Society will slowly evolve from the old capitalism that was designed to produce more and more products to satisfy a hungry world to a new form of capitalism designed to provide a sustainable outcome for individuals, society and the natural world leading to greater prosperity across the global community. This will inevitably lead to a greater society well-being and the various measures of individual quality-of-life will see significant growth over the next few decades. As this realization sets in more and more companies and individuals will shift their strategies from the old to these revised principles of new-capitalism.
The new capitalism requires accounting for the full range of costs in the production and consumption function to account for any social and environmental costs as well. Companies will put more emphasis on purpose rather than profit as they restructure their company's contribution to a new societal well-being. This new emphasis ensures the products and services that are produced obtain a materially better outcome for society and will lead to greater success for the company in the new capitalism era. Such companies will have a greater tendency to extend the cycle of the value chain (utilization of components to end-of-life) making a greater contribution to the new reality. As the company recognizes that the things they produce get enhanced the more they are employed then the greater the company's contribution to well-being. Consensus indicators will be developed and employed to measure and report on the progress of goal attainment of the significant components of overall well-being.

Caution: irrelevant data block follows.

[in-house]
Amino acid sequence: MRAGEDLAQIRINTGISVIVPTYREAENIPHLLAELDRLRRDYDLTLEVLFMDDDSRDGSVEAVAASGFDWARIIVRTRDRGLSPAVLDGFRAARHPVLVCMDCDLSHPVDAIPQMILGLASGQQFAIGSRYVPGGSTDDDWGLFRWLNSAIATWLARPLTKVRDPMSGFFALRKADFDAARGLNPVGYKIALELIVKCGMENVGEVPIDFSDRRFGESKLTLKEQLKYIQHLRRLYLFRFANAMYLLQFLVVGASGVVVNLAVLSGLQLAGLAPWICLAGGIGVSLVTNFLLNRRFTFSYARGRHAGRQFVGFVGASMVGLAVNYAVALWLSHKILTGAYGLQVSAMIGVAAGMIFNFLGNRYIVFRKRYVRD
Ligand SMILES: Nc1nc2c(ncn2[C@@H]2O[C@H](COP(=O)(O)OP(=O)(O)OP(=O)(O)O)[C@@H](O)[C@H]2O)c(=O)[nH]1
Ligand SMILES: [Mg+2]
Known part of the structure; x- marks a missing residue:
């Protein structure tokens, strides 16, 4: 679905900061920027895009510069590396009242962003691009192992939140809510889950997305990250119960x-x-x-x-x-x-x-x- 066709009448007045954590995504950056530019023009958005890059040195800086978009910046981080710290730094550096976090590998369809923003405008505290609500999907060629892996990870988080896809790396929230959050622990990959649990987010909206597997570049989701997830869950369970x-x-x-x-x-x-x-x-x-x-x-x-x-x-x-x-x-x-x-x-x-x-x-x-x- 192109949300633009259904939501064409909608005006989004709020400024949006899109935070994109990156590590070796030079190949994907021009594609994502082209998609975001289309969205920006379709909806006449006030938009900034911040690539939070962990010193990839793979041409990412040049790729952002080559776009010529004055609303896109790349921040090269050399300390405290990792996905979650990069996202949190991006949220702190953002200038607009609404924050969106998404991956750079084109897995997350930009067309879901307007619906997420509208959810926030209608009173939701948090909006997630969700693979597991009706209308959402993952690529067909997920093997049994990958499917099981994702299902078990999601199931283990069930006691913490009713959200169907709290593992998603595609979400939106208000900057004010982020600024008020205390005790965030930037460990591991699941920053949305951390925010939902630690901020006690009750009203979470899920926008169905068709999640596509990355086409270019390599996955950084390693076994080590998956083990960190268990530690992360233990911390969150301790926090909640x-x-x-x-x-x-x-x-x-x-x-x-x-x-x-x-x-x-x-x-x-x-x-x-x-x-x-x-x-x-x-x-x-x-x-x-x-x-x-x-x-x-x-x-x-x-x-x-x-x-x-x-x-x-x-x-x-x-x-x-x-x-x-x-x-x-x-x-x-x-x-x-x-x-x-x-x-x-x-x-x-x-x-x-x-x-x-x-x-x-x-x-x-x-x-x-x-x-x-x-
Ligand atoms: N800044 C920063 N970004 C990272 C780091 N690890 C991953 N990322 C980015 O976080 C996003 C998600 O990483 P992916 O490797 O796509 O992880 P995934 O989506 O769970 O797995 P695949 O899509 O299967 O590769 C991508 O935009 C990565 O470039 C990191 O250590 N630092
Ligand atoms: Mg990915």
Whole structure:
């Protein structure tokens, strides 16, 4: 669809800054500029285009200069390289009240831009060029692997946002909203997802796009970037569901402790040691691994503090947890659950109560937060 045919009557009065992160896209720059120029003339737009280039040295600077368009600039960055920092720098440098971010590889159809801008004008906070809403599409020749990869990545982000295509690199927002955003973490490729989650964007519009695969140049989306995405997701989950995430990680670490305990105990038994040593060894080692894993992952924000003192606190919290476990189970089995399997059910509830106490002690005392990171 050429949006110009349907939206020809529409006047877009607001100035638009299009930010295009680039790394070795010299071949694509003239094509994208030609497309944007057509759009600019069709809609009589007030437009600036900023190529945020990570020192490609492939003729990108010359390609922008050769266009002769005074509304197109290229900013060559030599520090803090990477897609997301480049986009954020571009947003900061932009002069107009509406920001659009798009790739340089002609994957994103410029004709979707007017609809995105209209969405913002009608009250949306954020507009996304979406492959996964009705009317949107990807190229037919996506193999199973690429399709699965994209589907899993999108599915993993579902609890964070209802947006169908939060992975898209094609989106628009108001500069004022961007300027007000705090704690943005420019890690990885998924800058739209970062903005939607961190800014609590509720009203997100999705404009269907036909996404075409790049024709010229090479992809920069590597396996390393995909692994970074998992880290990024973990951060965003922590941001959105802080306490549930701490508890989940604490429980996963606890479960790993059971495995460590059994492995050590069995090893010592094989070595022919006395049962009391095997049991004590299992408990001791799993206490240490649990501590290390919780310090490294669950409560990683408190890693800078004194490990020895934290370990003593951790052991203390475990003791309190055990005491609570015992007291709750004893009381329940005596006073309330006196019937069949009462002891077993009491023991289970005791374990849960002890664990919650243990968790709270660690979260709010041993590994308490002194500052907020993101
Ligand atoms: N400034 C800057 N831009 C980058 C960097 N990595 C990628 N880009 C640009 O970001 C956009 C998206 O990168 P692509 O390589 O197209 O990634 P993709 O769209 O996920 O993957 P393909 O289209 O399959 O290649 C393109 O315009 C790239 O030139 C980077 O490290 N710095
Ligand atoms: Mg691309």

The theory behind this new-capitalist order could be stated in propositional form as:
Umair Haque in his recent book The New Capitalist Manifesto offers up an interesting insight into a post capitalist era.
“Prosperity on an ark differs radically from prosperity in a game reserve. In our metaphor of yesterday’s capitalism as a game reserve, economic institutions were built to organize daily hunting most efficiently. They matched the swiftest, most powerful hunters to the biggest game to generate prosperity. But if the rules of hunting are to manage an ark, the result will be repeated crisis and eventual collapse. In big, empty, stable worlds, hunters can borrow benefits and shift costs with abandon, accumulating deep debt. Throw your bones away here. It doesn’t matter. If you kill off this kind of fish, well, there’s another in the next pond. Need cash? Capture some loot from the next tribe. It’s not like you trade with them anyway. But in a tiny crowded fragile ark, everything counts. There’s no one left to borrow benefits from or shift costs to: the destinies are all inextricably interdependent. Prosperity – or its nemesis, crisis – accrues to everyone.… Here then is the predicament the global economy is in today. We’re using rules built for hunting to manage an ark, but that approach to prosperity is past its sell-by date….twentieth century institutions aren’t fit for twenty-first century economics. They are a poor match for a tiny, crowded, and fragile world. The world has changed radically, but capitalism hasn’t.” (Umair Hague, 2011, The New Capitalist Manifesto; Building a Disruptively Better Business, Boston, Massachusetts: Harvard Business Review Press.)
Viewing the planet with finite resources calls for a new strategy where the goal is to achieve a society designed for a sustainable natural world with a supportable quality-of-life for its people. Continuous economic growth in such a system is not a requisite for such prosperity.
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